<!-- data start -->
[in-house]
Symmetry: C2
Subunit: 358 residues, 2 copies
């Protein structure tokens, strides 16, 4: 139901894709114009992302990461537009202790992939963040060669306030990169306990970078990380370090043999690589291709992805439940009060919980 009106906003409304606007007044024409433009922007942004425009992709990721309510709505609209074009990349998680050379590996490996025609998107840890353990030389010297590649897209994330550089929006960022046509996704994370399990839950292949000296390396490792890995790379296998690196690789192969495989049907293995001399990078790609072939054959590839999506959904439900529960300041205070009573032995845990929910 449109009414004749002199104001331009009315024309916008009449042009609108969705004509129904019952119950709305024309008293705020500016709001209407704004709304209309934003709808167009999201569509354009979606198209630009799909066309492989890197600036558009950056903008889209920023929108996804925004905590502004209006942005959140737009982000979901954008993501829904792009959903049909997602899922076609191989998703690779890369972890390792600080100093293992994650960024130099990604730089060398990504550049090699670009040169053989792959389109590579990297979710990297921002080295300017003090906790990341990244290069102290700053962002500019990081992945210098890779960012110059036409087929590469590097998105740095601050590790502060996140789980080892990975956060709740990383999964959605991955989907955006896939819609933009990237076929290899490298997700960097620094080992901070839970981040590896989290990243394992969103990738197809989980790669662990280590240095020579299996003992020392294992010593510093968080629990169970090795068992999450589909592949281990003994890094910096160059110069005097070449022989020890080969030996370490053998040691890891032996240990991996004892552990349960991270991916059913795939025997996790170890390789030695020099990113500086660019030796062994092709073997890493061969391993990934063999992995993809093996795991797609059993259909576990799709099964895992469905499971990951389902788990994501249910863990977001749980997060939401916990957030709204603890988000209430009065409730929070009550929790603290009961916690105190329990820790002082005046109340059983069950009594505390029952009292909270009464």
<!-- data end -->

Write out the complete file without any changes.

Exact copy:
[in-house]
Symmetry: C2
Subunit: 358 residues, 2 copies
């Protein structure tokens, strides 16, 4: 139901894709114009992302990461537009202790992939963040060669306030990169306990970078990380370090043999690589291709992805439940009060919980 009106906003409304606007007044024409433009922007942004425009992709990721309510709505609209074009990349998680050379590996490996025609998107840890353990030389010297590649897209994330550089929006960022046509996704994370399990839950292949000296390396490792890995790379296998690196690789192969495989049907293995001399990078790609072939054959590839999506959904439900529960300041205070009573032995845990929910 449109009414004749002199104001331009009315024309916008009449042009609108969705004509129904019952119950709305024309008293705020500016709001209407704004709304209309934003709808167009999201569509354009979606198209630009799909066309492989890197600036558009950056903008889209920023929108996804925004905590502004209006942005959140737009982000979901954008993501829904792009959903049909997602899922076609191989998703690779890369972890390792600080100093293992994650960024130099990604730089060398990504550049090699670009040169053989792959389109590579990297979710990297921002080295300017003090906790990341990244290069102290700053962002500019990081992945210098890779960012110059036409087929590469590097998105740095601050590790502060996140789980080892990975956060709740990383999964959605991955989907955006896939819609933009990237076929290899490298997700960097620094080992901070839970981040590896989290990243394992969103990738197809989980790669662990280590240095020579299996003992020392294992010593510093968080629990169970090795068992999450589909592949281990003994890094910096160059110069005097070449022989020890080969030996370490053998040691890891032996240990991996004892552990349960991270991916059913795939025997996790170890390789030695020099990113500086660019030796062994092709073997890493061969391993990934063999992995993809093996795991797609059993259909576990799709099964895992469905499971990951389902788990994501249910863990977001749980997060939401916990957030709204603890988000209430009065409730929070009550929790603290009961916690105190329990820790002082005046109340059983069950009594505390029952009292909270009464």